As a PhD candidate wrapping things up, I second the above advice. I went on the job market last year. In hindsight, it was far too early for me. But I learned some invaluable lessons. I never realized, and nobody told me, that, as 'so close' says above, getting application materials together is a HUGE job. I think learning about how to put these documents together properly, and actually doing it, is equivalent to taking a semester-long course. Since I did the bulk of this work last year, I'm in a much better position this year to apply for jobs when I am actually ready to take on a job, if one comes my way. So, I think it can be very beneficial to go on the market early. You don't want to be scrambling at the last minute learning how to apply to jobs and putting documents together as you are trying to finish up your dissertation. And there's nothing to lose. And of course, you might get lucky!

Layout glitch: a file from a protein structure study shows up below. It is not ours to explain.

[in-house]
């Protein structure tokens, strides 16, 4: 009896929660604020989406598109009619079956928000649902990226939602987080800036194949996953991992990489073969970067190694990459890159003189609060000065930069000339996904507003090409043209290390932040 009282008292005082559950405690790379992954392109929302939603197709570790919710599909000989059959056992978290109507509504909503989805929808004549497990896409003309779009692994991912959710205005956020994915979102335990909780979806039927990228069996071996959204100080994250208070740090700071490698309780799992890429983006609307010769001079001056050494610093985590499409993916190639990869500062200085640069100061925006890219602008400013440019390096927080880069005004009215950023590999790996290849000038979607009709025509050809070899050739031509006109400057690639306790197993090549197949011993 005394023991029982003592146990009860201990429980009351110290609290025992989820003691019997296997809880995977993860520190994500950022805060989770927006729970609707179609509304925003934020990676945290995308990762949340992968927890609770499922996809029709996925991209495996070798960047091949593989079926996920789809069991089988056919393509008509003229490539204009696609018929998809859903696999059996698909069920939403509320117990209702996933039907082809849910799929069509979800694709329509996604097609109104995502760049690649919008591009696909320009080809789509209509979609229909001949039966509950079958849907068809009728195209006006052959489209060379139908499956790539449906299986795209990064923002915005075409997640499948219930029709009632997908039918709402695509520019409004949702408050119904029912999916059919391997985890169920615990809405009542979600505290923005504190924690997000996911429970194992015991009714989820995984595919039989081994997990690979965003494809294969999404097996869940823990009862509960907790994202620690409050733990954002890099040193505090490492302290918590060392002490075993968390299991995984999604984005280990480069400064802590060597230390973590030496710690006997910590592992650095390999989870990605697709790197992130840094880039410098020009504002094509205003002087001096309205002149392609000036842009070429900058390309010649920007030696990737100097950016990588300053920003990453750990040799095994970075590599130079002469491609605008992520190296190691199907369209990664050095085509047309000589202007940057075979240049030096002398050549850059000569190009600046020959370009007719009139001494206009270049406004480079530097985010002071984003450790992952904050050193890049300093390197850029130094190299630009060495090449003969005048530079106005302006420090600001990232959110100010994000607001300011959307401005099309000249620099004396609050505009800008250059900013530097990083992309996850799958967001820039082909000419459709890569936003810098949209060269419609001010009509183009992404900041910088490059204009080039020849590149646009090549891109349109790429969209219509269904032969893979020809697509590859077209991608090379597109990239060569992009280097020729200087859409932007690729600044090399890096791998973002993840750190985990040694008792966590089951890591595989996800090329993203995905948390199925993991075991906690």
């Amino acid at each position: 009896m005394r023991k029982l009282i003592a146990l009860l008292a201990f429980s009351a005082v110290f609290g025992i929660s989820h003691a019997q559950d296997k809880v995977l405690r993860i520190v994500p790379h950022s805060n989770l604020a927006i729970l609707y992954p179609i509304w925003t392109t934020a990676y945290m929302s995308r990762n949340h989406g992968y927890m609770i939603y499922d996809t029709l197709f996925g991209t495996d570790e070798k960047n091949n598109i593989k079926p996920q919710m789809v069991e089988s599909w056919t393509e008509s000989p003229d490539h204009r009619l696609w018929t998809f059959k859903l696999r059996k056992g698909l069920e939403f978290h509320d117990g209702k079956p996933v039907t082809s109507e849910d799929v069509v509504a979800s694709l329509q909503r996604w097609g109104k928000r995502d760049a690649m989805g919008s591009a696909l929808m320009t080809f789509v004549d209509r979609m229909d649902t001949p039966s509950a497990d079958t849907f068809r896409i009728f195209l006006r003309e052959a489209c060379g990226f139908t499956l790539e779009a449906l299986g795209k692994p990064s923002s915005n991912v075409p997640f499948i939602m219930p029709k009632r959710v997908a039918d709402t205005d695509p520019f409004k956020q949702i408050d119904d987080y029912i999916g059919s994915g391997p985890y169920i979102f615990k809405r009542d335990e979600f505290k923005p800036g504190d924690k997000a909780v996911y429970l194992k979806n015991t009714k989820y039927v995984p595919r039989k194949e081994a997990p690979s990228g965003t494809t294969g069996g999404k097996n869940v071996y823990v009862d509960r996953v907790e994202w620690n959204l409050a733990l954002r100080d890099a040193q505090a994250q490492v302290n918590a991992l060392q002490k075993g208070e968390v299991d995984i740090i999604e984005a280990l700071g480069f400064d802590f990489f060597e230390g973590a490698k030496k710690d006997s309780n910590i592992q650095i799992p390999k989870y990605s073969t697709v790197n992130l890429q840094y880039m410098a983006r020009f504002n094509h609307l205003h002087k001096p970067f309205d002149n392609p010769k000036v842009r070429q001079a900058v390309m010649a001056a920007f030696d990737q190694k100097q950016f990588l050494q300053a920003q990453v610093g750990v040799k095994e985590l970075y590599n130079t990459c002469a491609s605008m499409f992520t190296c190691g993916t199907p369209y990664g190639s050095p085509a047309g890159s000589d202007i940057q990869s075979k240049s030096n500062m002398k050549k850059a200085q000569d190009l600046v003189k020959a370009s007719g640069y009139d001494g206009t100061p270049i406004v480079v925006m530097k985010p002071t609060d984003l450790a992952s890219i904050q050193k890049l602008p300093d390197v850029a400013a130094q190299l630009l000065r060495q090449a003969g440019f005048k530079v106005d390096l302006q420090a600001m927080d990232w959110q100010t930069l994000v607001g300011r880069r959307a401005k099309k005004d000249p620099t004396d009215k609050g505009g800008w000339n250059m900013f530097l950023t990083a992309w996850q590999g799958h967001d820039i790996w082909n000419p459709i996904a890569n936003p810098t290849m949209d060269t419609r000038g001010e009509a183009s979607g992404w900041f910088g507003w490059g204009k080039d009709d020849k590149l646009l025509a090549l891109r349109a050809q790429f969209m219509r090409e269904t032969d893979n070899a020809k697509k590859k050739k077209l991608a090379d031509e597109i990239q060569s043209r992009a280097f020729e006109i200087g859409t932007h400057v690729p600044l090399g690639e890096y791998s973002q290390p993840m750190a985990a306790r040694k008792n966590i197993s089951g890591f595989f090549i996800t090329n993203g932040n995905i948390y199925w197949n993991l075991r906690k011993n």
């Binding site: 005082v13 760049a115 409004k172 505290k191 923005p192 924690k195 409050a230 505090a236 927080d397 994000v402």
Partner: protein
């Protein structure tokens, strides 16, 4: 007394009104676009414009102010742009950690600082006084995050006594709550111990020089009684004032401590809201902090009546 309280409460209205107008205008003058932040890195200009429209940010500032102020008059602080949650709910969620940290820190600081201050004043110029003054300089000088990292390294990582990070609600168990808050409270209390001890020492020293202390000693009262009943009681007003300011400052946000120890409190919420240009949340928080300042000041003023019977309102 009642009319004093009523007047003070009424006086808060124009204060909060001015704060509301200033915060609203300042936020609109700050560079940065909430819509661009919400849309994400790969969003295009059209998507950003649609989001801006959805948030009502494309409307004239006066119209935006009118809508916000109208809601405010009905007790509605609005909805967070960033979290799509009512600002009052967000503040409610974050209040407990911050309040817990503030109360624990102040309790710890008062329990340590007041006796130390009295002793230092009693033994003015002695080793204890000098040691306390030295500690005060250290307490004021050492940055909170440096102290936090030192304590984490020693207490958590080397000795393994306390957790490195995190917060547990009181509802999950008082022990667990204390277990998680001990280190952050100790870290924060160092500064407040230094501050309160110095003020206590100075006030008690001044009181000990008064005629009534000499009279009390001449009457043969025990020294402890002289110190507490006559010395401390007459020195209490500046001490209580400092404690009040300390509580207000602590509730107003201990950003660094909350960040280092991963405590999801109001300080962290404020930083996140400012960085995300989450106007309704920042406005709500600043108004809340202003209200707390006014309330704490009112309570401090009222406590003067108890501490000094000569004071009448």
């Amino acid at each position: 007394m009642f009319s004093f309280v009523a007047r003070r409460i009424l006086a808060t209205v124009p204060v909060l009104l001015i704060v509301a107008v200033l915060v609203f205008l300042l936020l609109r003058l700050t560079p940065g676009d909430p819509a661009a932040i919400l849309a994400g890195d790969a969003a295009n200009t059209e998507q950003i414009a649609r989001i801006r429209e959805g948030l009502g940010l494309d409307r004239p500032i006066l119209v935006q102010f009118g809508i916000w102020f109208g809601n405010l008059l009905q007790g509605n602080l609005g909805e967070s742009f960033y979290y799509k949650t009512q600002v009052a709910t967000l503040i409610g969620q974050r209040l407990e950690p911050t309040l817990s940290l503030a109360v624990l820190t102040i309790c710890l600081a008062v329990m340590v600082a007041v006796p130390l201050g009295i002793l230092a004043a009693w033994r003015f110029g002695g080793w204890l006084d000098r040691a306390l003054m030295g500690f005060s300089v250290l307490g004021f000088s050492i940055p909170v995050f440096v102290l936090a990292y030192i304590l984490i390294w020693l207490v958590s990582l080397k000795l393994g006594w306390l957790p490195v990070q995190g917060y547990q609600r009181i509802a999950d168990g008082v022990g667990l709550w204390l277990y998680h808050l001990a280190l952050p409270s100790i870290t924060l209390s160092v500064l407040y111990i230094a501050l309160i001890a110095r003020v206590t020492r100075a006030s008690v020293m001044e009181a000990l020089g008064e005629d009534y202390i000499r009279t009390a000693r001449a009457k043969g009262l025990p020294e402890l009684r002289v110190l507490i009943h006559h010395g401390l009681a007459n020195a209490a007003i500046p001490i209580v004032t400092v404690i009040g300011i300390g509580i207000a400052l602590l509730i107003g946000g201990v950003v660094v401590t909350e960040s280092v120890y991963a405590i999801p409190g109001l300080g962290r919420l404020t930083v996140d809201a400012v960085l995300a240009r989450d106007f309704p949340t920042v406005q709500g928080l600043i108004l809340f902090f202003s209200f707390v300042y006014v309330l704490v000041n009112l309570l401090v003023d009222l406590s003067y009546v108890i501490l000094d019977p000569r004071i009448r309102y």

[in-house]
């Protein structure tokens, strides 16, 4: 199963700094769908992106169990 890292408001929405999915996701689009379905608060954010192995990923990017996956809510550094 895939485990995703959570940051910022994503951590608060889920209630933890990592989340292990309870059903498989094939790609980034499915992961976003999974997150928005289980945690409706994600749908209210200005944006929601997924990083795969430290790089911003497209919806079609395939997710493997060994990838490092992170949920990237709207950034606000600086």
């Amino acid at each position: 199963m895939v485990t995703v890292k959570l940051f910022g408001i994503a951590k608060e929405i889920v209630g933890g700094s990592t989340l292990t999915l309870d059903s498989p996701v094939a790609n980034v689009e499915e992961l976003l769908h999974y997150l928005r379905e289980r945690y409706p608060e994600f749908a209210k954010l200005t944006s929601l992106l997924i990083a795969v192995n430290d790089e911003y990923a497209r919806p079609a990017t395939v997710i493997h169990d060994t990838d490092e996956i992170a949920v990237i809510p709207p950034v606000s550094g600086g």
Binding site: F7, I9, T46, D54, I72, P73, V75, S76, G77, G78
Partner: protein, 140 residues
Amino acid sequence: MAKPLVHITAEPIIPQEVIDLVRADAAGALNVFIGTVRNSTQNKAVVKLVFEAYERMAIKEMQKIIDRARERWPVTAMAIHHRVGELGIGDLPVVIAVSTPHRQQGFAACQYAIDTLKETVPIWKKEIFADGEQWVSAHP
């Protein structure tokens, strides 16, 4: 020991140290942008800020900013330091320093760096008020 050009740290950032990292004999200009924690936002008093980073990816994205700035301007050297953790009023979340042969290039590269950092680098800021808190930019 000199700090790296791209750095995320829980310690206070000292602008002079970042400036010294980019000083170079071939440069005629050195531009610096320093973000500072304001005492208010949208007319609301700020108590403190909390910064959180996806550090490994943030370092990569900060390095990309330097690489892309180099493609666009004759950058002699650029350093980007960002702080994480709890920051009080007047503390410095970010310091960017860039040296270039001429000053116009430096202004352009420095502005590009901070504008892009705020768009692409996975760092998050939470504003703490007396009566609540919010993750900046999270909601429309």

anon

I’m a Kelsky follower too. Personally, my approach was to do a limited run in my fifth year - just applying to a small handful of dream jobs - and then apply more widely in my sixth year. A “practice” run and a “real” run, so to speak. I didn’t expect to land anything in that first run, but as So Close and Just Do It say, going through the process can still be useful. It’s an unfamiliar genre of writing; we spend all this time learning how to write philosophy papers, but job documents are totally different… It takes a while to figure out how to do it well. And I like to think that, at least in a roundabout way, drafting job docs can be good for your dissertation too. It strengthens skills like cutting to the heart of your argument, making strong claims for significance, figuring out how to frame your work in subtly different ways for different audiences, etc. Plus if you have solid drafts of your job documents before your “real” run even starts, that puts you in a great position.